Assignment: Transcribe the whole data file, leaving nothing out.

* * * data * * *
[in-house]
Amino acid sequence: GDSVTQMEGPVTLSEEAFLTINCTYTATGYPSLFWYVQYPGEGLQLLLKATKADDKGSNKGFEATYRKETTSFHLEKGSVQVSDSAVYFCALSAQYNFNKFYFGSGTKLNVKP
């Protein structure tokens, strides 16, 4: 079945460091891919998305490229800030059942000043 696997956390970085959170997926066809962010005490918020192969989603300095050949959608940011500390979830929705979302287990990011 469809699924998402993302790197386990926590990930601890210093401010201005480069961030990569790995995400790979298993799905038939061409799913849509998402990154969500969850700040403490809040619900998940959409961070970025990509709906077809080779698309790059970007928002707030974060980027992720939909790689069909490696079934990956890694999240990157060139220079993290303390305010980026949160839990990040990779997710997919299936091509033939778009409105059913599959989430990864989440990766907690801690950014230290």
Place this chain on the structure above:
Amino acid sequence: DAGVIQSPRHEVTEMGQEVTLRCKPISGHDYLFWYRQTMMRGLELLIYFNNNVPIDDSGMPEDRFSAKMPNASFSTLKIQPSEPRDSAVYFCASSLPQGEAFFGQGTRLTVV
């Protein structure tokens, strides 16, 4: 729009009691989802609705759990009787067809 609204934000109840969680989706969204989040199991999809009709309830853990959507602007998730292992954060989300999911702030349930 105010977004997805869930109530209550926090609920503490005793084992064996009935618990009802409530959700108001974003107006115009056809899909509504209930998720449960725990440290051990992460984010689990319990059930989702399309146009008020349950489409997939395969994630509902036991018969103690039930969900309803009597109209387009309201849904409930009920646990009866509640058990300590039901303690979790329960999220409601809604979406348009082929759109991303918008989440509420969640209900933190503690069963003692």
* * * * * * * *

[in-house]
Amino acid sequence: GDSVTQMEGPVTLSEEAFLTINCTYTATGYPSLFWYVQYPGEGLQLLLKATKADDKGSNKGFEATYRKETTSFHLEKGSVQVSDSAVYFCALSAQYNFNKFYFGSGTKLNVKP
């Protein structure tokens, strides 16, 4: 079945460091891919998305490229800030059942000043 696997956390970085959170997926066809962010005490918020192969989603300095050949959608940011500390979830929705979302287990990011 469809699924998402993302790197386990926590990930601890210093401010201005480069961030990569790995995400790979298993799905038939061409799913849509998402990154969500969850700040403490809040619900998940959409961070970025990509709906077809080779698309790059970007928002707030974060980027992720939909790689069909490696079934990956890694999240990157060139220079993290303390305010980026949160839990990040990779997710997919299936091509033939778009409105059913599959989430990864989440990766907690801690950014230290």
Place this chain on the structure above:
Amino acid sequence: DAGVIQSPRHEVTEMGQEVTLRCKPISGHDYLFWYRQTMMRGLELLIYFNNNVPIDDSGMPEDRFSAKMPNASFSTLKIQPSEPRDSAVYFCASSLPQGEAFFGQGTRLTVV
């Protein structure tokens, strides 16, 4: 729009009691989802609705759990009787067809 609204934000109840969680989706969204989040199991999809009709309830853990959507602007998730292992954060989300999911702030349930 105010977004997805869930109530209550926090609920503490005793084992064996009935618990009802409530959700108001974003107006115009056809899909509504209930998720449960725990440290051990992460984010689990319990059930989702399309146009008020349950489409997939395969994630509902036991018969103690039930969900309803009597109209387009309201849904409930009920646990009866509640058990300590039901303690979790329960999220409601809604979406348009082929759109991303918008989440509420969640209900933190503690069963003692």